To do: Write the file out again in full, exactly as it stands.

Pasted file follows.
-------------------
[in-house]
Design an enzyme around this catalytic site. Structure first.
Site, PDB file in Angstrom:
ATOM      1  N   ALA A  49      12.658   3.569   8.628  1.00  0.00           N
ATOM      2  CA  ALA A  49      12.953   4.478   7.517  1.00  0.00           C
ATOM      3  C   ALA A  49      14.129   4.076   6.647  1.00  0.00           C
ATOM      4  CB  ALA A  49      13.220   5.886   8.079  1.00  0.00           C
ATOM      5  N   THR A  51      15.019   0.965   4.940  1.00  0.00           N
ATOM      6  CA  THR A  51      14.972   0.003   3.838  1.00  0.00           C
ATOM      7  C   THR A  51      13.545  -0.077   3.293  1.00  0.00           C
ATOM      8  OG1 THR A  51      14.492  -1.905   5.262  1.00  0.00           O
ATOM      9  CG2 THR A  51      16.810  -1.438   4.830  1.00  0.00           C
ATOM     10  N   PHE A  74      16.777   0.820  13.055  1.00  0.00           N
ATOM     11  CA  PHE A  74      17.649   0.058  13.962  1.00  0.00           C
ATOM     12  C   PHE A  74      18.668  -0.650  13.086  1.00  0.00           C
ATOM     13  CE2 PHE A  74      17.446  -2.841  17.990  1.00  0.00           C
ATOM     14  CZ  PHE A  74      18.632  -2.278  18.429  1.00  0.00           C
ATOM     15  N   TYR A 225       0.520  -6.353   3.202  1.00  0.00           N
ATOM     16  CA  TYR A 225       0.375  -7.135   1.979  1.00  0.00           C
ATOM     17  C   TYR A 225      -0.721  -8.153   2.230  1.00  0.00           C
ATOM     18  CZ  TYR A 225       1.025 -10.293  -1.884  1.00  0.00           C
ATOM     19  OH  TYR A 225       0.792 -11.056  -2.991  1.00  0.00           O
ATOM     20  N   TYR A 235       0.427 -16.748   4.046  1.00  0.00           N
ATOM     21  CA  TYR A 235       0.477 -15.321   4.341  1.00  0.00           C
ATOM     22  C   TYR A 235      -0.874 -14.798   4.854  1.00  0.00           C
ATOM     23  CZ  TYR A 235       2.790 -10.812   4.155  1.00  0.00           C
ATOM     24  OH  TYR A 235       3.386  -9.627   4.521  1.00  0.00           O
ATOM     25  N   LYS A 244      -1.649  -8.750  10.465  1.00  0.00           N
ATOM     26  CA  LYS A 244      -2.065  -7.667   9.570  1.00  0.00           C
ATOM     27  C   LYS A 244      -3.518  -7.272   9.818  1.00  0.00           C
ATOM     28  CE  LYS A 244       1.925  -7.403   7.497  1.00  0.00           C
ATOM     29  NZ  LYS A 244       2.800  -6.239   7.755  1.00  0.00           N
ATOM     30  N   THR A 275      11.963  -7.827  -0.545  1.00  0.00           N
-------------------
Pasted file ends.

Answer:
[in-house]
Design an enzyme around this catalytic site. Structure first.
Site, PDB file in Angstrom:
ATOM      1  N   ALA A  49      12.658   3.569   8.628  1.00  0.00           N
ATOM      2  CA  ALA A  49      12.953   4.478   7.517  1.00  0.00           C
ATOM      3  C   ALA A  49      14.129   4.076   6.647  1.00  0.00           C
ATOM      4  CB  ALA A  49      13.220   5.886   8.079  1.00  0.00           C
ATOM      5  N   THR A  51      15.019   0.965   4.940  1.00  0.00           N
ATOM      6  CA  THR A  51      14.972   0.003   3.838  1.00  0.00           C
ATOM      7  C   THR A  51      13.545  -0.077   3.293  1.00  0.00           C
ATOM      8  OG1 THR A  51      14.492  -1.905   5.262  1.00  0.00           O
ATOM      9  CG2 THR A  51      16.810  -1.438   4.830  1.00  0.00           C
ATOM     10  N   PHE A  74      16.777   0.820  13.055  1.00  0.00           N
ATOM     11  CA  PHE A  74      17.649   0.058  13.962  1.00  0.00           C
ATOM     12  C   PHE A  74      18.668  -0.650  13.086  1.00  0.00           C
ATOM     13  CE2 PHE A  74      17.446  -2.841  17.990  1.00  0.00           C
ATOM     14  CZ  PHE A  74      18.632  -2.278  18.429  1.00  0.00           C
ATOM     15  N   TYR A 225       0.520  -6.353   3.202  1.00  0.00           N
ATOM     16  CA  TYR A 225       0.375  -7.135   1.979  1.00  0.00           C
ATOM     17  C   TYR A 225      -0.721  -8.153   2.230  1.00  0.00           C
ATOM     18  CZ  TYR A 225       1.025 -10.293  -1.884  1.00  0.00           C
ATOM     19  OH  TYR A 225       0.792 -11.056  -2.991  1.00  0.00           O
ATOM     20  N   TYR A 235       0.427 -16.748   4.046  1.00  0.00           N
ATOM     21  CA  TYR A 235       0.477 -15.321   4.341  1.00  0.00           C
ATOM     22  C   TYR A 235      -0.874 -14.798   4.854  1.00  0.00           C
ATOM     23  CZ  TYR A 235       2.790 -10.812   4.155  1.00  0.00           C
ATOM     24  OH  TYR A 235       3.386  -9.627   4.521  1.00  0.00           O
ATOM     25  N   LYS A 244      -1.649  -8.750  10.465  1.00  0.00           N
ATOM     26  CA  LYS A 244      -2.065  -7.667   9.570  1.00  0.00           C
ATOM     27  C   LYS A 244      -3.518  -7.272   9.818  1.00  0.00           C
ATOM     28  CE  LYS A 244       1.925  -7.403   7.497  1.00  0.00           C
ATOM     29  NZ  LYS A 244       2.800  -6.239   7.755  1.00  0.00           N
ATOM     30  N   THR A 275      11.963  -7.827  -0.545  1.00  0.00           N